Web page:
no foreign god was with him.
13 He made him ride on the high places of the land,
and he ate the produce of the field,
and he suckled him with honey out of the rock,
and oil out of the flinty rock.
14 Curds from the herd, and milk from the flock,
with fat of lambs,
rams of Bashan and goats,
with the very finest of the wheat—
and you drank foaming wine made from the blood of the grape.
15 “But Jeshurun grew fat, and kicked;
you grew fat, stout, and sleek;
then he forsook God who made him
and scoffed at the Rock of his salvation.
16 They stirred him to jealousy with strange gods;
with abominations they provoked him to anger.
17 They sacrificed to demons that were no gods,
to gods they had never known,
to new gods that had come recently,
whom your fathers had never dreaded.
18 You were unmindful of the Rock that bore you,
and you forgot the God who gave you birth.
19 “The Lord saw it and spurned them,
because of the provocation of his sons and his daughters.
20 And he said, ‘I will hide my face from them;
I will see what their end will be,
for they are a perverse generation,
children in whom is no faithfulness.
21 They have made me jealous with what is no god;
they have provoked me to anger with their idols.
So I will make them jealous with those who are no people;
I will provoke them to anger with a foolish nation.
22 For a fire is kindled by my anger,
and it burns to the depths of Sheol,
devours the earth and its increase,
and sets on fire the foundations of the mountains.
23 “‘And I will heap disasters upon them;
I will spend my arrows on them;
24 they shall be wasted with hunger,
and devoured by plague
and poisonous pestilence;
I will send the teeth of beasts against them,
with the venom of things that crawl in the dust.
25 Outdoors the sword shall bereave,
and indoors terror,
for young man and woman alike,
the nursing child with the man of gray hairs.
26 I would have said, “I will cut them to pieces;
I will wipe them from human memory,”
27 had I not feared provocation by the enemy,
lest their adversaries should misunderstand,
lest they should say, “Our hand is triumphant,
it was not the Lord who did all this.”’
28 “For they are a nation void of counsel,
and there is no understanding in them.
29 If they were wise, they would understand this;
they would discern their latter end!
30 How could one have chased a thousand,
and two have put ten thousand to flight,
unless their Rock had sold them,
and the Lord had given them up?
31 For their rock is not as our Rock;
our enemies are by themselves.
32 For their vine comes from the vine of Sodom
and from the fields of Gomorrah;
their grapes are grapes of poison;
their clusters are bitter;
33 their wine is the poison of serpents
and the cruel venom of asps.
34 “‘Is not this laid up in store with me,
sealed up in my treasuries?
35 Vengeance is mine, and recompense,
for the time when their foot shall slip;
for the day of their calamity is at hand,
and their doom comes swiftly.’
36 For the Lord will vindicate his people
and have compassion on his servants,
when he sees that their power is gone
and there is none remaining, bond or free.
37 Then he will say, ‘Where are their gods,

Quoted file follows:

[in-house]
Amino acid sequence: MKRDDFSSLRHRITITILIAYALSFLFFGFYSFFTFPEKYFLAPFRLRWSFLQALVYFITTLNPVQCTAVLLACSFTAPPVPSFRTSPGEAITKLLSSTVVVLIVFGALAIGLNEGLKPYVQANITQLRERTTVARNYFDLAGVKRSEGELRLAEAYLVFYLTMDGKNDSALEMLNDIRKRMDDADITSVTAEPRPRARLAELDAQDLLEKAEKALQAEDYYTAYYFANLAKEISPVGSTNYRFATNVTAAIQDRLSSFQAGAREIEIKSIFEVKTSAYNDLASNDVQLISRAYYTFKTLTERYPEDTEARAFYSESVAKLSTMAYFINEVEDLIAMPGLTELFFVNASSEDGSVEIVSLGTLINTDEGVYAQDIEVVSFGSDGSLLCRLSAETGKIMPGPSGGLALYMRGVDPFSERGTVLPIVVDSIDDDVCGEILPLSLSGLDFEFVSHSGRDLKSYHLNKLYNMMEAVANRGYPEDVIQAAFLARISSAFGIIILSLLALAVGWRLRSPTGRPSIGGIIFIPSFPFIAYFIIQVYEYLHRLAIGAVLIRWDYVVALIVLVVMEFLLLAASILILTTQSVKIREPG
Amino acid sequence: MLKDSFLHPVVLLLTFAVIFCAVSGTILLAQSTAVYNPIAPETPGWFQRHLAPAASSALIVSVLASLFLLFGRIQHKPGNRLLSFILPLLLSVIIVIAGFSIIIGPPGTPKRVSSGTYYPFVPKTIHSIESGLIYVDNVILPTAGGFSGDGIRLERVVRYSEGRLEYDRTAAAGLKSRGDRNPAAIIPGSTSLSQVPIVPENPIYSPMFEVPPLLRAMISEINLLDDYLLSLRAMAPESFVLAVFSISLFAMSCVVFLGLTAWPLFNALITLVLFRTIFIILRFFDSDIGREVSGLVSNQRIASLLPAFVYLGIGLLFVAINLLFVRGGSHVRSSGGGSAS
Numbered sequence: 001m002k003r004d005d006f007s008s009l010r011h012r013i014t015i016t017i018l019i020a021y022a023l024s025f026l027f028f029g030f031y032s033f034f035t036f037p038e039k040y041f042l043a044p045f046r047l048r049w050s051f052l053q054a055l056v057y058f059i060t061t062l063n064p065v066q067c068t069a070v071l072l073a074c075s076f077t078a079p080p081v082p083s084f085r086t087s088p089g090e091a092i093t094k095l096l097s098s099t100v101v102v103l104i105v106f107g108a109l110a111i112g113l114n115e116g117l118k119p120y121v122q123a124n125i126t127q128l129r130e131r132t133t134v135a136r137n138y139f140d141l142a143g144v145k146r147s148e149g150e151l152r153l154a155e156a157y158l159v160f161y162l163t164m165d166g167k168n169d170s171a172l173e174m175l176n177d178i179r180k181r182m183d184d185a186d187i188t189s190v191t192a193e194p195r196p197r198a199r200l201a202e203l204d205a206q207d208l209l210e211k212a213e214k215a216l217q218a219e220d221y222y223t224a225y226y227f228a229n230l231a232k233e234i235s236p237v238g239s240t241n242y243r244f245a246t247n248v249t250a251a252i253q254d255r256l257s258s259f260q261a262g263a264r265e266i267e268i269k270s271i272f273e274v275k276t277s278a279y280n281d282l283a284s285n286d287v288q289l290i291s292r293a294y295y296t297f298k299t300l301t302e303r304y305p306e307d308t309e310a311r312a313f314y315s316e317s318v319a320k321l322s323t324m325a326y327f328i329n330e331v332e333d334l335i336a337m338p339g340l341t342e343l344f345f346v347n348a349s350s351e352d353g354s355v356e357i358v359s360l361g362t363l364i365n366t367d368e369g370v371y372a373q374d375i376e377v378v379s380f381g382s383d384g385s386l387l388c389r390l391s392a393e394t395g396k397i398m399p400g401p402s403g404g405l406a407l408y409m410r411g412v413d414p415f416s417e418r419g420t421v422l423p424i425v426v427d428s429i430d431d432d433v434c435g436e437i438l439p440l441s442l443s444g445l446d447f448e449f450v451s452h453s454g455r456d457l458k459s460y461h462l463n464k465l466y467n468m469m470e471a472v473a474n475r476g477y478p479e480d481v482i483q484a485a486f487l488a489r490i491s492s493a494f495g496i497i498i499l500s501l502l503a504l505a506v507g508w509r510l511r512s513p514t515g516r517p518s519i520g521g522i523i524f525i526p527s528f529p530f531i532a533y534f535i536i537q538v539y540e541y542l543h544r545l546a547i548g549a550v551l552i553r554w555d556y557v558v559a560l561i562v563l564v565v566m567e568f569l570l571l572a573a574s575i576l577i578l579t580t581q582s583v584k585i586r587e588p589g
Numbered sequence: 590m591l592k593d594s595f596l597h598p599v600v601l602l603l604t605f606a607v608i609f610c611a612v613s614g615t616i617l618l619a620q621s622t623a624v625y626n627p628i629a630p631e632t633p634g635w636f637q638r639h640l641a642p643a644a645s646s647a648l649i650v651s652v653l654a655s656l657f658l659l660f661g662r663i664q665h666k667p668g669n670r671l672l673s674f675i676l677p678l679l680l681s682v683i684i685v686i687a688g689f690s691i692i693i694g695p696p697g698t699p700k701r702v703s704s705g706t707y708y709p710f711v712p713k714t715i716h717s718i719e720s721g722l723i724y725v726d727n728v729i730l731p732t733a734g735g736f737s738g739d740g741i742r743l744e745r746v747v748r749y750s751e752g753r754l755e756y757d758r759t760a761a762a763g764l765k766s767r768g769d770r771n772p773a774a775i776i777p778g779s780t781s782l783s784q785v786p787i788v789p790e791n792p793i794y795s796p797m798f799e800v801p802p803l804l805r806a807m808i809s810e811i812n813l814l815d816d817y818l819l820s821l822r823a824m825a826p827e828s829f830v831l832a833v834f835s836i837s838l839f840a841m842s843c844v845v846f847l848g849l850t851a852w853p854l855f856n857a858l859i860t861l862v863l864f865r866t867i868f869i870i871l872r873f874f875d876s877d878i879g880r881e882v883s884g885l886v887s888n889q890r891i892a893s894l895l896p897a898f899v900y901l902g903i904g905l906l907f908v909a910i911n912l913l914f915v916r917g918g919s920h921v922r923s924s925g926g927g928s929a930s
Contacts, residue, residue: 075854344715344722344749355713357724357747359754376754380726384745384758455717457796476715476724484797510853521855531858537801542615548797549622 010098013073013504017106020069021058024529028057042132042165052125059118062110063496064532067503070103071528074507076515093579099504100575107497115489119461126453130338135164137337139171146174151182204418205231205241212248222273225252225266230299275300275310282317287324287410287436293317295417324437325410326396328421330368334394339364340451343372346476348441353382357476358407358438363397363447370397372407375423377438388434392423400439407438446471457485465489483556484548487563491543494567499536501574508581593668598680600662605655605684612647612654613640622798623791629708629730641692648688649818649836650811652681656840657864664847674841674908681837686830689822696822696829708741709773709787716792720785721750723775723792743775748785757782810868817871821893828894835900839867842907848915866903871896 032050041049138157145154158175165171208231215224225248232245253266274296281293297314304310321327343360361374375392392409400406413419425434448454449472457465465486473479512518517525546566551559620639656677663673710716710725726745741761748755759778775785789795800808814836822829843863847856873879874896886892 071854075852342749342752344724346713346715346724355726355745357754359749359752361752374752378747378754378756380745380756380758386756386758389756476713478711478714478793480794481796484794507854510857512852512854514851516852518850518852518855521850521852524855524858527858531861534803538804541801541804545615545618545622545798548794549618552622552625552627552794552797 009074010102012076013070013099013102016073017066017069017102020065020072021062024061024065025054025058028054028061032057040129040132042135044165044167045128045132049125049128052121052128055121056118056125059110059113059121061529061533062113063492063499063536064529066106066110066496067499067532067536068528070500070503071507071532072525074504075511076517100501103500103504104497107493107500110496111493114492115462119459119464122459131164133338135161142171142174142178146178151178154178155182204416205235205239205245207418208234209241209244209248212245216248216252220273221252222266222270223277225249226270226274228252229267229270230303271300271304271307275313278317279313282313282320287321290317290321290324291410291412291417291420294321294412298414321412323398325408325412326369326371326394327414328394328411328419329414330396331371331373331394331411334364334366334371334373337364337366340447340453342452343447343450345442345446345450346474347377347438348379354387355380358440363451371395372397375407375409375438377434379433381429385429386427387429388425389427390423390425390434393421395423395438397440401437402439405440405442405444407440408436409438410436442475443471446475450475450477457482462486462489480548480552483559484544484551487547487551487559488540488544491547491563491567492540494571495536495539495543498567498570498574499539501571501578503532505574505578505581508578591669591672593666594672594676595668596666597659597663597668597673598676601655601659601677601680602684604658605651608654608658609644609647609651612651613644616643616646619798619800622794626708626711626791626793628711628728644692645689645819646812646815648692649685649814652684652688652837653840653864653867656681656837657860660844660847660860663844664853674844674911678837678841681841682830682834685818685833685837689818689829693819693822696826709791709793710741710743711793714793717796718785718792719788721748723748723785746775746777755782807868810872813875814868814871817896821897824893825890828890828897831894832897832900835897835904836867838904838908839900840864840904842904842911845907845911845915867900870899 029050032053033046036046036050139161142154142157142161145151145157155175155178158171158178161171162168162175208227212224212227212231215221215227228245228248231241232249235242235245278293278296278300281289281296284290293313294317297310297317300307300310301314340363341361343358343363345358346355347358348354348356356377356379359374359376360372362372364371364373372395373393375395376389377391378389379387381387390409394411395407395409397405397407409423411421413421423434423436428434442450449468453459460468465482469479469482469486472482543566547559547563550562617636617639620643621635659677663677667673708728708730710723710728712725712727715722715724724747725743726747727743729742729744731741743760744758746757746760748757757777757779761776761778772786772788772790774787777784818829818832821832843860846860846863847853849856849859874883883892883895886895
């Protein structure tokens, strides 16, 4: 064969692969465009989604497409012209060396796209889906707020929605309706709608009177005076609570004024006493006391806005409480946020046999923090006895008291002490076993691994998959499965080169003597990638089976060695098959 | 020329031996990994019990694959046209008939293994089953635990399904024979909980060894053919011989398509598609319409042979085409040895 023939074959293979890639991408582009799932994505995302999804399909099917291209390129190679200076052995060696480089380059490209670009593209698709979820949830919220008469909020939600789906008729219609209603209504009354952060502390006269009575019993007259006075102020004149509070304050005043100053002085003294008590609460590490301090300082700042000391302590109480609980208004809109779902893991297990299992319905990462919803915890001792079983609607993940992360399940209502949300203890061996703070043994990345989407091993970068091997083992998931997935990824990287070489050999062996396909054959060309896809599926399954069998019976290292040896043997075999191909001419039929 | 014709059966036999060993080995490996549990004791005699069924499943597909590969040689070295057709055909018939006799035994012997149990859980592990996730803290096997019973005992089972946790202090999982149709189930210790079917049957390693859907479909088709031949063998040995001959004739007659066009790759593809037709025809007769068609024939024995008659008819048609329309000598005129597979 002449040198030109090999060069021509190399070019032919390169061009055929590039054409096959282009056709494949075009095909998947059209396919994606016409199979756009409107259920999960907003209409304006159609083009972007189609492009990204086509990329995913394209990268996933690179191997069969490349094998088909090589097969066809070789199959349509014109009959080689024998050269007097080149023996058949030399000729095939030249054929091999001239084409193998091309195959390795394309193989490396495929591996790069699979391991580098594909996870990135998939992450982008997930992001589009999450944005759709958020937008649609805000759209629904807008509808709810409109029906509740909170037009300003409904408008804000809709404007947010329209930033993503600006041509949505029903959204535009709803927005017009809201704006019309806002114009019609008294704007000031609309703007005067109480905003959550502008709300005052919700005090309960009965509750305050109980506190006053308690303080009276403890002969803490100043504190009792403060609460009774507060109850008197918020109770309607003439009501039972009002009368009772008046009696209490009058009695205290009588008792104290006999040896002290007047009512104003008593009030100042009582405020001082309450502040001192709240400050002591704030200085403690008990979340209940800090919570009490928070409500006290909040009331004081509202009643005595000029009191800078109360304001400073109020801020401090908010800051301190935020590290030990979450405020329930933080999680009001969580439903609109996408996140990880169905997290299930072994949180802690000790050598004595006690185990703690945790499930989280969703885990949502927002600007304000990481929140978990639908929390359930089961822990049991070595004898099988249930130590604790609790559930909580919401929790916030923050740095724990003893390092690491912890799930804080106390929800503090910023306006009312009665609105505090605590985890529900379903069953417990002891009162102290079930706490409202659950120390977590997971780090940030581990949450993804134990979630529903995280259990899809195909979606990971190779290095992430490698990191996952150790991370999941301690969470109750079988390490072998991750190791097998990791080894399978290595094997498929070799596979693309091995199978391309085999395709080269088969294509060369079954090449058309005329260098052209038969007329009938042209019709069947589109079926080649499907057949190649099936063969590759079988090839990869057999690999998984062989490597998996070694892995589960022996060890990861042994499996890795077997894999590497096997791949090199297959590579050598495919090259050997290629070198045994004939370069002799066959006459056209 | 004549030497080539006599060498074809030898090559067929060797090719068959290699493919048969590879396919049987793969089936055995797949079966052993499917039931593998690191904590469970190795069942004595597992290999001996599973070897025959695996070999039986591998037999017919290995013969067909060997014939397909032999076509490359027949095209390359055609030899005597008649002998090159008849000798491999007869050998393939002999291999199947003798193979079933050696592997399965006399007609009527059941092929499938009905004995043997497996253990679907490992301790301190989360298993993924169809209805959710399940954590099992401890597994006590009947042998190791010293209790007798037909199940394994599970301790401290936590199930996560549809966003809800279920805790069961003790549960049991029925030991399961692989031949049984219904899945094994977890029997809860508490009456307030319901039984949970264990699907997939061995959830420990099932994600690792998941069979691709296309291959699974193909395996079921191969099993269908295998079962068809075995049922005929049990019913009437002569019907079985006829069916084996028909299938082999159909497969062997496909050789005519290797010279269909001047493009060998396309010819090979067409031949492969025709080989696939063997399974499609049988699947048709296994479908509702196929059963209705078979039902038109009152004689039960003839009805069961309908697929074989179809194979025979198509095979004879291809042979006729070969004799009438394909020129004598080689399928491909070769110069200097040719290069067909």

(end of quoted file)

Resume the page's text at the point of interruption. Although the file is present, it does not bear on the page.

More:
the rock in which they took refuge,
38 who ate the fat of their sacrifices
and drank the wine of their drink offering?
Let them rise up and help you;
let them be your protection!
39 “‘See now that I, even I, am he,
and there is no god beside me;
I kill and I make alive;
I wound and I heal;
and there is none that can deliver out of my hand.
40 For I lift up my hand to heaven
and swear, As I live forever,
41 if I sharpen my flashing sword
and my hand takes hold on judgment,
I will take vengeance on my adversaries
and will repay those who hate me.
42 I will make my arrows drunk with blood,
and my sword shall devour flesh—
with the blood of the slain and the captives,
from the long-haired heads of the enemy.’
43 “Rejoice with him, O heavens;
bow down to him, all gods,
for he avenges the blood of his children
and takes vengeance on his adversaries.
He repays those who hate him
and cleanses his people’s land.”
44 Moses came and recited all the words of this song in the hearing of the people, he and Joshua the son of Nun. 45 And when Moses had finished speaking all these words to all Israel, 46 he said to them, “Take to heart all the words by which I am warning you today, that you may command them to your children, that they may be careful to do all the words of this law. 47 For it is no empty word for you, but your very life, and by this word you shall live long in the land that you are going over the Jordan to possess.”
When we read these words through the lens of the New Testament, we see all the more the Greatness of our God and the beauty of the Gospel of Jesus Christ. Though Israel may have understood that Moses was speaking of the contrast of the children of Israel and those who inhabited the land of Canaan, but we know that this speaks to something greater, it speaks of those in the kingdom of darkness and we who are born-again, into the Kingdom of Heaven. We may revisit this again soon, because there is so much going in here, but for now, may I recommend reading through Romans 1, how Paul describes the sin of the world, and how Moses speaks here in verses 5 and 6. I also found it interesting how verses 26 and 27 give a different perspective on the “why” God didn’t just eradicate man for his sin… so that His enemies will not falsely claim their own victory over God’s children. Soli Deo Gloria also applies to God’s Grace in that even when He is righteous and just to exterminate all of Creation for sin, His grace serves His glory greater. All praise be the God the Father, Creator of Heaven and Earth, and to His Son, in whom we have redemption, the forgiveness of sins.
Jude 1:24-25 (ESV) | Doxology
24 Now to him who is able to keep you from stumbling and to present you blameless before the presence of his glory with great joy, 25 to the only God, our Savior, through Jesus Christ our Lord, be glory, majesty, dominion, and authority, before all time and now and forever. Amen.
May the Grace of God be with you today and always,
In Christ Jesus,